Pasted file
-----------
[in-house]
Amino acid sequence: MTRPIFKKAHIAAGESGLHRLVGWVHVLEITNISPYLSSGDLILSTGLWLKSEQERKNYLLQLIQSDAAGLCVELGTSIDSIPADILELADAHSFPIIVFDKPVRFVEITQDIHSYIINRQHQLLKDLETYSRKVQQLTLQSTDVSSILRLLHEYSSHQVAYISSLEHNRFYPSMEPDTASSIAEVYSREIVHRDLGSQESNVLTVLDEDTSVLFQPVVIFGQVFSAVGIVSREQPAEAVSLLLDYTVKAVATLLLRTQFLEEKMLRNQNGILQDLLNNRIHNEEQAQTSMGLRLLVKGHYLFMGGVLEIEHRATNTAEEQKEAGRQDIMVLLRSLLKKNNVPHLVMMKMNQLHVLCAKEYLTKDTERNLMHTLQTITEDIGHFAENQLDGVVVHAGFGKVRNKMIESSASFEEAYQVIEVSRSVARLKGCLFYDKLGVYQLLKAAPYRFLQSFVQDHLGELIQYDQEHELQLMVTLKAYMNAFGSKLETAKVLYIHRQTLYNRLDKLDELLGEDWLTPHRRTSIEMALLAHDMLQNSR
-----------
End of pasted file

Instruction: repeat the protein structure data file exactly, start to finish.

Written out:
[in-house]
Amino acid sequence: MTRPIFKKAHIAAGESGLHRLVGWVHVLEITNISPYLSSGDLILSTGLWLKSEQERKNYLLQLIQSDAAGLCVELGTSIDSIPADILELADAHSFPIIVFDKPVRFVEITQDIHSYIINRQHQLLKDLETYSRKVQQLTLQSTDVSSILRLLHEYSSHQVAYISSLEHNRFYPSMEPDTASSIAEVYSREIVHRDLGSQESNVLTVLDEDTSVLFQPVVIFGQVFSAVGIVSREQPAEAVSLLLDYTVKAVATLLLRTQFLEEKMLRNQNGILQDLLNNRIHNEEQAQTSMGLRLLVKGHYLFMGGVLEIEHRATNTAEEQKEAGRQDIMVLLRSLLKKNNVPHLVMMKMNQLHVLCAKEYLTKDTERNLMHTLQTITEDIGHFAENQLDGVVVHAGFGKVRNKMIESSASFEEAYQVIEVSRSVARLKGCLFYDKLGVYQLLKAAPYRFLQSFVQDHLGELIQYDQEHELQLMVTLKAYMNAFGSKLETAKVLYIHRQTLYNRLDKLDELLGEDWLTPHRRTSIEMALLAHDMLQNSR